fb-pixelJury in Emanuel Lopes trial says it’s ‘hung,’ is ordered to keep deliberating Skip to main content

Jury in Emanuel Lopes trial at impasse, is ordered to continue deliberating

Emanuel Lopes is charged with first-degree murder.Craig F. Walker/Globe Staff

DEDHAM — The jury in the case of Emanuel Lopes, the man charged with murdering Weymouth police Sergeant Michael Chesna and 77-year-old Vera Adams in 2018, sent the judge two notes on Monday insisting it was at an impasse, but the judge ordered its members to continue deliberating when they return later this week.

This is Lopes’ second trial for the slayings after a hung jury led to a mistrial in July, and his lawyer asked for the judge to declare another mistrial on Monday.

The first note came shortly after 12:30 p.m. Monday from the jury that had spent more than 11 hours weighing Lopes’ insanity defense to the murder charges: “After careful deliberation and evidence review, we are still at a hung jury. Please advise next steps.”

Advertisement



Norfolk Superior Court Judge Beverly A. Cannone’s response was brief, urging the members to keep trying to come to a conclusion in the case of the killings that rocked the South Shore. “Please continue your deliberations,” she ordered.

About an hour and half of deliberation later, the jury members sent a second note, saying there were “varied viewpoints” among them. “We have still arrived at a hung jury decision,” the jurors wrote, not elaborating on the specifics of their hangup.

Lopes’ defense attorney Larry Tipton moved for a mistrial, but Cannone ruled the jury would take more time to deliberate, returning Wednesday morning after the expected heavy snow forecast for Tuesday.

“This is a very complicated case,” Cannone told the court, noting the multiple experts and 100s of pages of documents on whether Lopes was criminally culpable of the killings.

The jury began deliberating Thursday afternoon.

In July, Cannone declared a mistrial after jurors — selected from Worcester County — deliberated for two weeks but could not reach a unanimous verdict on two counts of first-degree murder. She ordered jurors for the retrial be selected from Bristol County.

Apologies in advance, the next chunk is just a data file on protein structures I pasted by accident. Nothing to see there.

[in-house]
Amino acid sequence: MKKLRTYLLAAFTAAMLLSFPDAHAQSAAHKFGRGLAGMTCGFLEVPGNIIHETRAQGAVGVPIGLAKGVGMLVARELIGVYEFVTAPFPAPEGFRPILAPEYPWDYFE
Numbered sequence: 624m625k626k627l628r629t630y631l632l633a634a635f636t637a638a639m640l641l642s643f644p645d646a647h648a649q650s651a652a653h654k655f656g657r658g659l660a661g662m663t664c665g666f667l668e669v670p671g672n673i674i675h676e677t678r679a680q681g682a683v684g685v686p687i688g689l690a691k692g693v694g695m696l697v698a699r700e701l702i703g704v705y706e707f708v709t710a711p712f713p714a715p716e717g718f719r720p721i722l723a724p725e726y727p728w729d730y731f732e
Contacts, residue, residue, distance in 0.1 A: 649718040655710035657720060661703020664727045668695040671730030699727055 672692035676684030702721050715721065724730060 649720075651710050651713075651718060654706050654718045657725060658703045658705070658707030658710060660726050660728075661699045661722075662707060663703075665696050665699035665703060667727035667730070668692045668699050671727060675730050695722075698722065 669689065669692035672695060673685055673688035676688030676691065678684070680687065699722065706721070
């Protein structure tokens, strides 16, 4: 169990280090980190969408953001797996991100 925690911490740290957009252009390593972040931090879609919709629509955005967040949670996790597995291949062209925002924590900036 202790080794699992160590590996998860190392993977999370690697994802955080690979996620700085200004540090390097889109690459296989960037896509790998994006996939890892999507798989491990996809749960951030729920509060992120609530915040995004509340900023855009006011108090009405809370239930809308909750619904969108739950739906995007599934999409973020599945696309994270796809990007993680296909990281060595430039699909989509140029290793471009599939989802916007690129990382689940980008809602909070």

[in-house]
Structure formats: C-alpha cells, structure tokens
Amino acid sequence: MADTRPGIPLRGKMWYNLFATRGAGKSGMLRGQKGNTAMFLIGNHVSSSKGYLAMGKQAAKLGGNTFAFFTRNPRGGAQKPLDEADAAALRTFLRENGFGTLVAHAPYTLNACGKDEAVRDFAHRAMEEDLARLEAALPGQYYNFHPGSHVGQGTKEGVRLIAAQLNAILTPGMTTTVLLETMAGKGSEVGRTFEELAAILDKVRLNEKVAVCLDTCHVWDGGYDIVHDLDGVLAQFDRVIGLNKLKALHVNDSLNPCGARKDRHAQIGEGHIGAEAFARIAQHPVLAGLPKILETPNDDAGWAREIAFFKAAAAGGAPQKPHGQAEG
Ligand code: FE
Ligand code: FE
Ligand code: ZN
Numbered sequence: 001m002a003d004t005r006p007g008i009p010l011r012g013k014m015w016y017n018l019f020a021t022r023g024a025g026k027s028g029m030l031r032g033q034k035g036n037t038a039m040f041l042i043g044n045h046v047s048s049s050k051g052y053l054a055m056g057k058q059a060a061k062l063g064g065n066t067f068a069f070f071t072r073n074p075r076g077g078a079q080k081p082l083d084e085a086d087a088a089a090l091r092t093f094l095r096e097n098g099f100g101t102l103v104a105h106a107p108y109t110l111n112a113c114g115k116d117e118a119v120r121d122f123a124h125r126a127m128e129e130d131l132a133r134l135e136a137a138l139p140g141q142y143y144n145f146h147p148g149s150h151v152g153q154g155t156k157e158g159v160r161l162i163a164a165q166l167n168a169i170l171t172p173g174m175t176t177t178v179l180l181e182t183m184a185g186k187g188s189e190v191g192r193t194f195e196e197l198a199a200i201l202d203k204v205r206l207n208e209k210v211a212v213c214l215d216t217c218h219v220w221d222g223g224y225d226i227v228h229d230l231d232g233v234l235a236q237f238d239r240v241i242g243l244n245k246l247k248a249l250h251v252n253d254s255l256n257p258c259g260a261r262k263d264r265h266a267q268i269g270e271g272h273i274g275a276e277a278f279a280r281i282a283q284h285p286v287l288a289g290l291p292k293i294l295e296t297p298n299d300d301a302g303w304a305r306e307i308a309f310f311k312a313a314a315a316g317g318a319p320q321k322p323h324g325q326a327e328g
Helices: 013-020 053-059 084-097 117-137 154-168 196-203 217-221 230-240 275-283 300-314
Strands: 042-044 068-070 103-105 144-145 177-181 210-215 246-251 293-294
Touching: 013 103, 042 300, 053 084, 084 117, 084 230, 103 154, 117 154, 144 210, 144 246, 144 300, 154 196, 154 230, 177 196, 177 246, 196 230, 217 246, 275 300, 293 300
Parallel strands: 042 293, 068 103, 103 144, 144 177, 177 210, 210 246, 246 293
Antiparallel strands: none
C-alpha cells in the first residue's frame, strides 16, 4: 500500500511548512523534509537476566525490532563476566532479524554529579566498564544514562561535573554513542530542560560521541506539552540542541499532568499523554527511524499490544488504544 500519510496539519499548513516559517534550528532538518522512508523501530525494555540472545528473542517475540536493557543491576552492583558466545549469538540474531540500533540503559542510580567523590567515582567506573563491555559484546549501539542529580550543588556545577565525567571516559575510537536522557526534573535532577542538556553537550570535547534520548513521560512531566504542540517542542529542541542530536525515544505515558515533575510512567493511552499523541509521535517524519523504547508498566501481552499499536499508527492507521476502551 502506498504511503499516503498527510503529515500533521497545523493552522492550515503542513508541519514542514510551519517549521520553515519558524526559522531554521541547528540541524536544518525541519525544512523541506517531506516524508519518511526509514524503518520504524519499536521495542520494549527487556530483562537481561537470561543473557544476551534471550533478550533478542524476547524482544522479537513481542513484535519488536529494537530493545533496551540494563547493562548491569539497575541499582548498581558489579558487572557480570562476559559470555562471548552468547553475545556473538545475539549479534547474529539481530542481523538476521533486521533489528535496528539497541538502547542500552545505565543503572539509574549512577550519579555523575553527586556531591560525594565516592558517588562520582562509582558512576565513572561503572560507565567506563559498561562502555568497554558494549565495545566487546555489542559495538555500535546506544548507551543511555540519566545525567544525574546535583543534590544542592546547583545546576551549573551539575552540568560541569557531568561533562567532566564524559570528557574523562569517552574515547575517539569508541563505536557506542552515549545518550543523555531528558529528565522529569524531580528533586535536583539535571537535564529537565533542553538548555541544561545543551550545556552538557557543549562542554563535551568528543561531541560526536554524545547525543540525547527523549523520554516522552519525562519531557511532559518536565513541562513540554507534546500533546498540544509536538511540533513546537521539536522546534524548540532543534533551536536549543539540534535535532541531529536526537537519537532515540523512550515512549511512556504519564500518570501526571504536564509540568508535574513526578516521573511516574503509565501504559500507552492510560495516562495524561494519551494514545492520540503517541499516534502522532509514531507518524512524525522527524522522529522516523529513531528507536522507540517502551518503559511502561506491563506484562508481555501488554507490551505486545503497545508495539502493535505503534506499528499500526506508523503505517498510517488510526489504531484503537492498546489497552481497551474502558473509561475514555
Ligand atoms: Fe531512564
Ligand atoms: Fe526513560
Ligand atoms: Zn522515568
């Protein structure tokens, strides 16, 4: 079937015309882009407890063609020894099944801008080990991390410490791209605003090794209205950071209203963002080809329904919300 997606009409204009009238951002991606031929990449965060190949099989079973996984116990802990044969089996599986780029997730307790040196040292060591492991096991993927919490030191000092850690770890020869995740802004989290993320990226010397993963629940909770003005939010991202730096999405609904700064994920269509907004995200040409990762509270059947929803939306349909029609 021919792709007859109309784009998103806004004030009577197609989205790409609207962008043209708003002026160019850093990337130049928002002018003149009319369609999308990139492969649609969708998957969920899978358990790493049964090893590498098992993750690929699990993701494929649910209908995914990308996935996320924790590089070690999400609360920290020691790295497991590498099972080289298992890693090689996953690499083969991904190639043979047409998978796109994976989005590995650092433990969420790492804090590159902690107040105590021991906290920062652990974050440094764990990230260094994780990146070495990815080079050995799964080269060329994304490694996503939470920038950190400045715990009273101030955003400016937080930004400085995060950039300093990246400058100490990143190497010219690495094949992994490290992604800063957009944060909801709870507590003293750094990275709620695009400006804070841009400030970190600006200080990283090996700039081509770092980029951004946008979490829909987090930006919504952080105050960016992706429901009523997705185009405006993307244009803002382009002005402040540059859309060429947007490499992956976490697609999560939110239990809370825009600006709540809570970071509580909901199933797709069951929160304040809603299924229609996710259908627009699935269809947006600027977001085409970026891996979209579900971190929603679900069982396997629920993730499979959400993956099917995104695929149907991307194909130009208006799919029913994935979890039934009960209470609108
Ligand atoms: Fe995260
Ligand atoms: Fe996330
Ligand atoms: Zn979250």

Advertisement



On Monday as the court heard the jury’s first note, Chesna’s widow cried quietly, hands clasped in front of her. After Cannone considered the second note later Monday afternoon, Cindy Chesna’s eyes never left Lopes as he was led out of the courtroom in handcuffs.

The courtroom was full of police officers and people close to the two victims.

Prosecutors said on the morning of July 15, 2018, Lopes stole and crashed his girlfriend’s car before fleeing on foot to a nearby neighborhood, Burton Terrace, where he threw a rock through the window of a home around 7 a.m.

As police were searching for Lopes, he was confronted by Chesna, who attempted to take him into custody and ordered Lopes to drop another large stone he was holding. Instead, Lopes allegedly threw the rock at Chesna, striking him in the head, prosecutors said. Lopes then allegedly got a hold of Chesna’s gun, stood over him, and shot him eight times, according to prosecutors.

After shooting Chesna, Lopes allegedly made his way to a nearby neighborhood, where he fired three shots through the window of a home where Adams was, striking her twice.

In his closing argument, Norfolk Assistant District Attorney Greg Connor urged jurors to find Lopes guilty of a total of 11 charges, including first-degree murder in the slayings of both Chesna and Adams. He said after Lopes was taken into custody, he repeatedly said “I’m sorry” while interacting with police and admitted to killing a police officer.

Advertisement



“He can appreciate the wrongfulness of his actions,” Connor told the jury, as he recounted the events of the day. “His life has changed forever, and the lives of Vera Adams and Michael Chesna are over.”

Lopes’ attorney argued his client has a documented history of struggling with mental illness since he was a child, and had been faced with several stressors, including a fight with his girlfriend, that may have sparked his mania leading up to the killings.

“We don’t ask you to set aside or abandon your feelings of humanity and sympathy,” for the families of Chesna and Adams, Tipton said. “All we ask is don’t allow that sympathy to guide your decision.”


Sean Cotter can be reached at sean.cotter@globe.com. Follow him @cotterreporter.